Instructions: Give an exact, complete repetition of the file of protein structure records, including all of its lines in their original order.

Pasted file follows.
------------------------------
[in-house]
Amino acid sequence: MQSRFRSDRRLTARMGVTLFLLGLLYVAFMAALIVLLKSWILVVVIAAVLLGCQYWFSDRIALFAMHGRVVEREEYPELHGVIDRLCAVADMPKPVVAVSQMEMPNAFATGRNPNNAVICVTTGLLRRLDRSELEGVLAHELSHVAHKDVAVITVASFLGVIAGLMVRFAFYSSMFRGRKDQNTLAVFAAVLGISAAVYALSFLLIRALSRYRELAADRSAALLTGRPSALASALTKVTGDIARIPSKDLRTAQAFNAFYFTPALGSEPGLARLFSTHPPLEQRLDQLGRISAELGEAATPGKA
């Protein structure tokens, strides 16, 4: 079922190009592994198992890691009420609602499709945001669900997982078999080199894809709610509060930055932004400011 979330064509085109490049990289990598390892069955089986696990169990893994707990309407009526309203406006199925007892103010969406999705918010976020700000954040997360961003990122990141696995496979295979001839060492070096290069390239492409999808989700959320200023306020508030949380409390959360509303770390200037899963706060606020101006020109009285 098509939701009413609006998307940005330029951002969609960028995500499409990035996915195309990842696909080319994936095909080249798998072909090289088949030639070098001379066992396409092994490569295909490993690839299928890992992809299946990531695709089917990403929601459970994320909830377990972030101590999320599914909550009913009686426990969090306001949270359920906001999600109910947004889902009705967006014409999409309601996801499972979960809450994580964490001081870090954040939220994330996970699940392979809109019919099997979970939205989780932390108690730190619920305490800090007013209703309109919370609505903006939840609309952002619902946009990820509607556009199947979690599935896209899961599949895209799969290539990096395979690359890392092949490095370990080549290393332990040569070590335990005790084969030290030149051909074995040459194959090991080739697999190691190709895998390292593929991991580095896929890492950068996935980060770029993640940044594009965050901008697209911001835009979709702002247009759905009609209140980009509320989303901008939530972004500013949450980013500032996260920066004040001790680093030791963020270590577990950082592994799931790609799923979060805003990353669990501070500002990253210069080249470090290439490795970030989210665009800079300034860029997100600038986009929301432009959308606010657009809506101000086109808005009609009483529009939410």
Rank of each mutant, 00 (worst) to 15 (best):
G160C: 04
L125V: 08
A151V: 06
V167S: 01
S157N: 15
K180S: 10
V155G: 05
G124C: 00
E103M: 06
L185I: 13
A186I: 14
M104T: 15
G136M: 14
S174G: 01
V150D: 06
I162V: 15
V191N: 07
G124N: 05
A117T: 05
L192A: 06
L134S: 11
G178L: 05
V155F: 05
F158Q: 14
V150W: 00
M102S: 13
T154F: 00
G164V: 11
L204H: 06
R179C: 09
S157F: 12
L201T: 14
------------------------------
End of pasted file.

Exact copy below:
[in-house]
Amino acid sequence: MQSRFRSDRRLTARMGVTLFLLGLLYVAFMAALIVLLKSWILVVVIAAVLLGCQYWFSDRIALFAMHGRVVEREEYPELHGVIDRLCAVADMPKPVVAVSQMEMPNAFATGRNPNNAVICVTTGLLRRLDRSELEGVLAHELSHVAHKDVAVITVASFLGVIAGLMVRFAFYSSMFRGRKDQNTLAVFAAVLGISAAVYALSFLLIRALSRYRELAADRSAALLTGRPSALASALTKVTGDIARIPSKDLRTAQAFNAFYFTPALGSEPGLARLFSTHPPLEQRLDQLGRISAELGEAATPGKA
């Protein structure tokens, strides 16, 4: 079922190009592994198992890691009420609602499709945001669900997982078999080199894809709610509060930055932004400011 979330064509085109490049990289990598390892069955089986696990169990893994707990309407009526309203406006199925007892103010969406999705918010976020700000954040997360961003990122990141696995496979295979001839060492070096290069390239492409999808989700959320200023306020508030949380409390959360509303770390200037899963706060606020101006020109009285 098509939701009413609006998307940005330029951002969609960028995500499409990035996915195309990842696909080319994936095909080249798998072909090289088949030639070098001379066992396409092994490569295909490993690839299928890992992809299946990531695709089917990403929601459970994320909830377990972030101590999320599914909550009913009686426990969090306001949270359920906001999600109910947004889902009705967006014409999409309601996801499972979960809450994580964490001081870090954040939220994330996970699940392979809109019919099997979970939205989780932390108690730190619920305490800090007013209703309109919370609505903006939840609309952002619902946009990820509607556009199947979690599935896209899961599949895209799969290539990096395979690359890392092949490095370990080549290393332990040569070590335990005790084969030290030149051909074995040459194959090991080739697999190691190709895998390292593929991991580095896929890492950068996935980060770029993640940044594009965050901008697209911001835009979709702002247009759905009609209140980009509320989303901008939530972004500013949450980013500032996260920066004040001790680093030791963020270590577990950082592994799931790609799923979060805003990353669990501070500002990253210069080249470090290439490795970030989210665009800079300034860029997100600038986009929301432009959308606010657009809506101000086109808005009609009483529009939410």
Rank of each mutant, 00 (worst) to 15 (best):
G160C: 04
L125V: 08
A151V: 06
V167S: 01
S157N: 15
K180S: 10
V155G: 05
G124C: 00
E103M: 06
L185I: 13
A186I: 14
M104T: 15
G136M: 14
S174G: 01
V150D: 06
I162V: 15
V191N: 07
G124N: 05
A117T: 05
L192A: 06
L134S: 11
G178L: 05
V155F: 05
F158Q: 14
V150W: 00
M102S: 13
T154F: 00
G164V: 11
L204H: 06
R179C: 09
S157F: 12
L201T: 14